PLANS & PRICING
Dish Network & Tribune Media Make Peace
The perpetual war of words, pictures and “war over the air”, between cable companies and broadcasters has trapped consumers in an ugly cross fire.
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The genesis of such disputes often follows a well rehearsed, cookie cutter script, featuring two lead actors (Broadcasters and Cable companies), and supporting characters (Consumers and Subscribers).
Here’s how the screen play unfolds:
· Broadcasters propose a “slight” fee hike from cable providers for the content being aired to cable subscribers
· The cable companies talk tough, and vow to fight the “substantial” fee increase – no matter what it takes
· Broadcasters aren’t prepared to back down from their “legitimate” requests for an increase, and order cable providers to cease airing their content
· Cable subscribers suffer dark days, with no access to their favourite News, Sports and TV dramas
· Plenty of grandstanding, drama, media hype, accusations, barbed comments and snide remarks follow
· When both lead actors have had enough, they decide to kiss and make up with an “amicable” settlement, leaving the supporting characters happy and content!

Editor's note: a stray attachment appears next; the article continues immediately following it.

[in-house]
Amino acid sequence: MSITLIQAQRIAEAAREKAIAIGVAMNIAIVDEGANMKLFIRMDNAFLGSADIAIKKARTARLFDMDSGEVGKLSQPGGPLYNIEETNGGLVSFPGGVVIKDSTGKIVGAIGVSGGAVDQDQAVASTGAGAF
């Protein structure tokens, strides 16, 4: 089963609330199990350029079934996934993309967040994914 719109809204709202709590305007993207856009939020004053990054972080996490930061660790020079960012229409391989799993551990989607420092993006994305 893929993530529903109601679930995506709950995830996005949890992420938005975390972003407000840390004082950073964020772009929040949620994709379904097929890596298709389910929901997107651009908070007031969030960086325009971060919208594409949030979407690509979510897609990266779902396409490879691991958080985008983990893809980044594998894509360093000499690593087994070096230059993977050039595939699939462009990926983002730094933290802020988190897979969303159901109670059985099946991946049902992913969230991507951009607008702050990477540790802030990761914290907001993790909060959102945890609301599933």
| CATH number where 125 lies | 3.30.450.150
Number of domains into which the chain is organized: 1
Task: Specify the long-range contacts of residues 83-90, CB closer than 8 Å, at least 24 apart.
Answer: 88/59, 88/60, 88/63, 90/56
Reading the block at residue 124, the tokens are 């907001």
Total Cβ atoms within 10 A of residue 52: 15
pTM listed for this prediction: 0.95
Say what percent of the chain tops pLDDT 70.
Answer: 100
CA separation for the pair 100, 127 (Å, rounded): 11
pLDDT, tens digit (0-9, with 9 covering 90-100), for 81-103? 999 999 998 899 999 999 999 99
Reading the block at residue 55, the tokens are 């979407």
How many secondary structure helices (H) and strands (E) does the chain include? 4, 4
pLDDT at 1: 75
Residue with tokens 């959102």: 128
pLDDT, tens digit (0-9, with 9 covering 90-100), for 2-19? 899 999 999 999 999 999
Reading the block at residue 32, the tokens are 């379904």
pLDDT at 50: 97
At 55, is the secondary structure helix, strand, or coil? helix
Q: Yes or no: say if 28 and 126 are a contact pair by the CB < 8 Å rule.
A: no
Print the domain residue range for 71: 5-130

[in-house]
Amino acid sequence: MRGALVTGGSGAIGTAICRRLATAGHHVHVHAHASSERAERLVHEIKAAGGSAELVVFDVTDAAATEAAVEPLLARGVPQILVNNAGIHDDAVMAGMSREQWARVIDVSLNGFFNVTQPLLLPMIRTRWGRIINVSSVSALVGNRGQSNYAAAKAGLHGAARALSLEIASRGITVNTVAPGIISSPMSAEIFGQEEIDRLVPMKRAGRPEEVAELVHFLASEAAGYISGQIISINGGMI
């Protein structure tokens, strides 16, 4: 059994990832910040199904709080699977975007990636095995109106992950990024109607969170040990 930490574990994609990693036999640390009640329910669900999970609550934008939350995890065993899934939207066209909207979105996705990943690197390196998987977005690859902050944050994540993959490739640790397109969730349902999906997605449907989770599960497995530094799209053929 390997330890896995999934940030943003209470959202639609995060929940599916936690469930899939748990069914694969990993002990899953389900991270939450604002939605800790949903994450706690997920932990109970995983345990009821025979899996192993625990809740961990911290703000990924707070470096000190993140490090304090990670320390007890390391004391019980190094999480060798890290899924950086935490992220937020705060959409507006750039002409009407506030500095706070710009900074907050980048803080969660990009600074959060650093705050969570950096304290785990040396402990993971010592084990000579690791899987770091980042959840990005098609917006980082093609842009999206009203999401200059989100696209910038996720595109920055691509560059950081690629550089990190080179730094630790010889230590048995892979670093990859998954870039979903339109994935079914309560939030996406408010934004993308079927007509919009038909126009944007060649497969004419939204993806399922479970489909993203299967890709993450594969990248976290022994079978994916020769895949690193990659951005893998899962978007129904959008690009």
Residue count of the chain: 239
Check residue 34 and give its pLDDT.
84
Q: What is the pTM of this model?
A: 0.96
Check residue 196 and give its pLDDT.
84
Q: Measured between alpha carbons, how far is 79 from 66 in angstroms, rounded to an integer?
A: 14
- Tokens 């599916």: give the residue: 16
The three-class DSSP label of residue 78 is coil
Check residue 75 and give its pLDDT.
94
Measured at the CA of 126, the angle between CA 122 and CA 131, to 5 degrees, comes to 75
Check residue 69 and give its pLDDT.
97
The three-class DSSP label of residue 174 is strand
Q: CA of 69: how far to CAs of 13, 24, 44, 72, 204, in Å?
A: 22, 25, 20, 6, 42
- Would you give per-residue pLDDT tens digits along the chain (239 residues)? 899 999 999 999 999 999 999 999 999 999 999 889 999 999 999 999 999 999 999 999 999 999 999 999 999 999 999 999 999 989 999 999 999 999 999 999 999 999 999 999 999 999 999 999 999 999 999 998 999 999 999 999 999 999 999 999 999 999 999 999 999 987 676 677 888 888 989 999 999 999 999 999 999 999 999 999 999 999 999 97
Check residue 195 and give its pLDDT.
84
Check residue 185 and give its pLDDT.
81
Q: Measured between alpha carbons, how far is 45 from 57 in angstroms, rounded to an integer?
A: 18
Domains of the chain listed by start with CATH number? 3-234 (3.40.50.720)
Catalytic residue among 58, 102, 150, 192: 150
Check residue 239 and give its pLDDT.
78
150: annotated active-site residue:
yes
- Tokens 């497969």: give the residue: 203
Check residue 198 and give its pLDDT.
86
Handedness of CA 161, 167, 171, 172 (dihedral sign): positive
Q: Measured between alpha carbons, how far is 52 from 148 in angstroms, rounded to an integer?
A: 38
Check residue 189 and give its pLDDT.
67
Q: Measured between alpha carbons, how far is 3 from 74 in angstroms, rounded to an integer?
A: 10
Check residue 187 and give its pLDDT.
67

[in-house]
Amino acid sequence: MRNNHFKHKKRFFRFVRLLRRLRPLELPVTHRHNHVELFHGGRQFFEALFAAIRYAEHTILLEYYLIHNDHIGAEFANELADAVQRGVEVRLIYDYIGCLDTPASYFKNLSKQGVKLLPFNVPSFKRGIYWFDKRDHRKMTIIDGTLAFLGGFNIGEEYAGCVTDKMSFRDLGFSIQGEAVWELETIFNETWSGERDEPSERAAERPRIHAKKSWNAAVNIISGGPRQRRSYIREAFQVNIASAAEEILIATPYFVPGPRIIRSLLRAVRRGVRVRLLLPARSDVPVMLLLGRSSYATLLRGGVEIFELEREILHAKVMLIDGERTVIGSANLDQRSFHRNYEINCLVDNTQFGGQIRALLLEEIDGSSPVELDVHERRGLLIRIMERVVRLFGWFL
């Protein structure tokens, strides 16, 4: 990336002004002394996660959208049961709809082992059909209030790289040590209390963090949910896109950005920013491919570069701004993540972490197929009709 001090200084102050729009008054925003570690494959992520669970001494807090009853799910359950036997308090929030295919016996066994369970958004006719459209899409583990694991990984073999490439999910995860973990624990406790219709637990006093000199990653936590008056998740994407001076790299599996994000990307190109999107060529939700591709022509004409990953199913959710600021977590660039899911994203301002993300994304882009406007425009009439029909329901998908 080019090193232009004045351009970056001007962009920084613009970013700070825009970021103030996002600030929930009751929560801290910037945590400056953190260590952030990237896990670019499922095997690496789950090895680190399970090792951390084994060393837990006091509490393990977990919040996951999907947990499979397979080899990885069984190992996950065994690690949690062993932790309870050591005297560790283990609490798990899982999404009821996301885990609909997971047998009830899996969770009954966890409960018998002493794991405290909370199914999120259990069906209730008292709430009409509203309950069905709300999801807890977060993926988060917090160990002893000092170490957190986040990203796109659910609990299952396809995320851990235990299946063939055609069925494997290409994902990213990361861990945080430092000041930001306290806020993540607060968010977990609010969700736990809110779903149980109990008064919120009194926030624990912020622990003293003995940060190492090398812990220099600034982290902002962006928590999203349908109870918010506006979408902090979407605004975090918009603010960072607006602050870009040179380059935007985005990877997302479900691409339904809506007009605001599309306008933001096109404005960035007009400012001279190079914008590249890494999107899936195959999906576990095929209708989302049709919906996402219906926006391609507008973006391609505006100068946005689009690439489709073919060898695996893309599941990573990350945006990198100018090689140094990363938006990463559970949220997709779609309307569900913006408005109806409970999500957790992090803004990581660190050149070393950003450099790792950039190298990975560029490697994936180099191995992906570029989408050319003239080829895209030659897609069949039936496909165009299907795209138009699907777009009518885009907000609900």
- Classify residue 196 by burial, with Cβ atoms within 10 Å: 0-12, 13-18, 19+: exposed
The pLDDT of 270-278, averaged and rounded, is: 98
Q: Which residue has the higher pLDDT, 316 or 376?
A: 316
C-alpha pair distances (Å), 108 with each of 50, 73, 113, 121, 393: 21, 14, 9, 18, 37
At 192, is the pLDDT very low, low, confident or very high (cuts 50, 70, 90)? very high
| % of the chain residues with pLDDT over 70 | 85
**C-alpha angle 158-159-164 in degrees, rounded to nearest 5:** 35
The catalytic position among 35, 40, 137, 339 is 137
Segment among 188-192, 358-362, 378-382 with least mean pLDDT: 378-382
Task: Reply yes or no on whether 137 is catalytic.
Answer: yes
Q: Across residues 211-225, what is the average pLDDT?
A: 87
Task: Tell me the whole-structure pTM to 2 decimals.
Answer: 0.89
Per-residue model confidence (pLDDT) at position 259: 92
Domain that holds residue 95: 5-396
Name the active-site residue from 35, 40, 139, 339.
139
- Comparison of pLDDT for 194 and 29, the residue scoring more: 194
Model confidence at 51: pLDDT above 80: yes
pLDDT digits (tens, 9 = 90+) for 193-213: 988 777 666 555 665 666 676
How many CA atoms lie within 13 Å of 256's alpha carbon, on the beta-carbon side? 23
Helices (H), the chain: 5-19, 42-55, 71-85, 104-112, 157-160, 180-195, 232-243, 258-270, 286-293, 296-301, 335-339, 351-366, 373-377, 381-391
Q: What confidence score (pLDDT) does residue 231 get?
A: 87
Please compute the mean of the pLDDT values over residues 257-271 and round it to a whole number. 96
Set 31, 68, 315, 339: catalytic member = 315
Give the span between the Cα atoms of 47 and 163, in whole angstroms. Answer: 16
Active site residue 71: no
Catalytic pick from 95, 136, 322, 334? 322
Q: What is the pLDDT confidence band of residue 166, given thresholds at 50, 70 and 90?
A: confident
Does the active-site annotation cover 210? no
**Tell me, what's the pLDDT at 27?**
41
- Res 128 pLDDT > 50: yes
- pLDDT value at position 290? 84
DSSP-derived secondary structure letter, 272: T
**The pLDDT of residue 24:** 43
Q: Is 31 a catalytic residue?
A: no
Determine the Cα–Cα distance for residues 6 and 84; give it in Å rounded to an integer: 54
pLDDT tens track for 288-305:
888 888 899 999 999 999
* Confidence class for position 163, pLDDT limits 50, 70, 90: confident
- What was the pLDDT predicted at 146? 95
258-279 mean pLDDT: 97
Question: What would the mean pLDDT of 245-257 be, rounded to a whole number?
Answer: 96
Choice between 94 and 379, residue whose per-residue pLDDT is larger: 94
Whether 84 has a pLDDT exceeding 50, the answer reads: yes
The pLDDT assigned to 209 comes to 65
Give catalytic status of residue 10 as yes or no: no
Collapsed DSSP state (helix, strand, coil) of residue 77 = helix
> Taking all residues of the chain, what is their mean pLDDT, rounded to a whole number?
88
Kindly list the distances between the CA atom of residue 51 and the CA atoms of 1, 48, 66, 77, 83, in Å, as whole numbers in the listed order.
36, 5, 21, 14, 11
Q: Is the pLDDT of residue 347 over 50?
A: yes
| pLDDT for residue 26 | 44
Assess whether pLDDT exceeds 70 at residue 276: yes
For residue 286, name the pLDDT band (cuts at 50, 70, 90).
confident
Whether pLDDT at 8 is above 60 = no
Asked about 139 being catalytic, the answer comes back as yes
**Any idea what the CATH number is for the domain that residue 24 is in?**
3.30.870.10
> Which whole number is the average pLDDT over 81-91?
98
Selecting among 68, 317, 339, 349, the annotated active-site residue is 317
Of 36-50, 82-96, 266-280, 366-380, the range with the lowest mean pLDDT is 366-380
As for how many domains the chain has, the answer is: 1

Case in point: The recent dispute between Dish Network and Tribune Media.
In early June of this year, several local channels from Tribune Broadcasting Company went dark on satcaster Dish Media’s networks. The dispute impacted 42 channels, disrupting viewership across 33 markets, including channels like Fox 40 in Sacramento, KTLA in Los Angeles and Fox 5 in San Diego; as well as programming on WGN America, Tribune’s cable network that were unavailable to DISH subscribers.
While both parties settled their dispute a while back, a formal contract was agreed upon earlier this month, notification of which was provided in a joint
dated Sept 3, 2016.
As a result of the dispute, nearly 50 million American households that were part of Tribune’s 42-networked stations, lost access to Dish’s distribution system. At the same time, millions of subscribers of Dish services were shut off from accessing popular Tribune broadcast content and programming.
So what were the issues at heart that made second largest provider of satellite TV, boasting nearly 14 million users, resort to such drastic action? Not surprisingly: Money!
More specifically, Dish claims that its subscribers were being subject to an unreasonable increase in prices for local Tribune channels. The company pointed out that, while the media giant has slapped fee increases on Dish viewers, many of those same channels are available for FREE with an antenna.
To illustrate its point, Dish extended an unbeatable offer to its customers that were hit by its blacking out of the Tribune channels. The company said it would provide
, to catch Over-The-Air (OTA) signals for the Tribune content that was being disrupted.
While the fight lasted, both sides appeared to dig in for the long haul, hurling accusations, claims and counter claims at each other. At one point in the “game”, Tribune rejected an offer made by Dish, which would have continued broadcast of the impacted channels to Dish viewers during ongoing negotiations.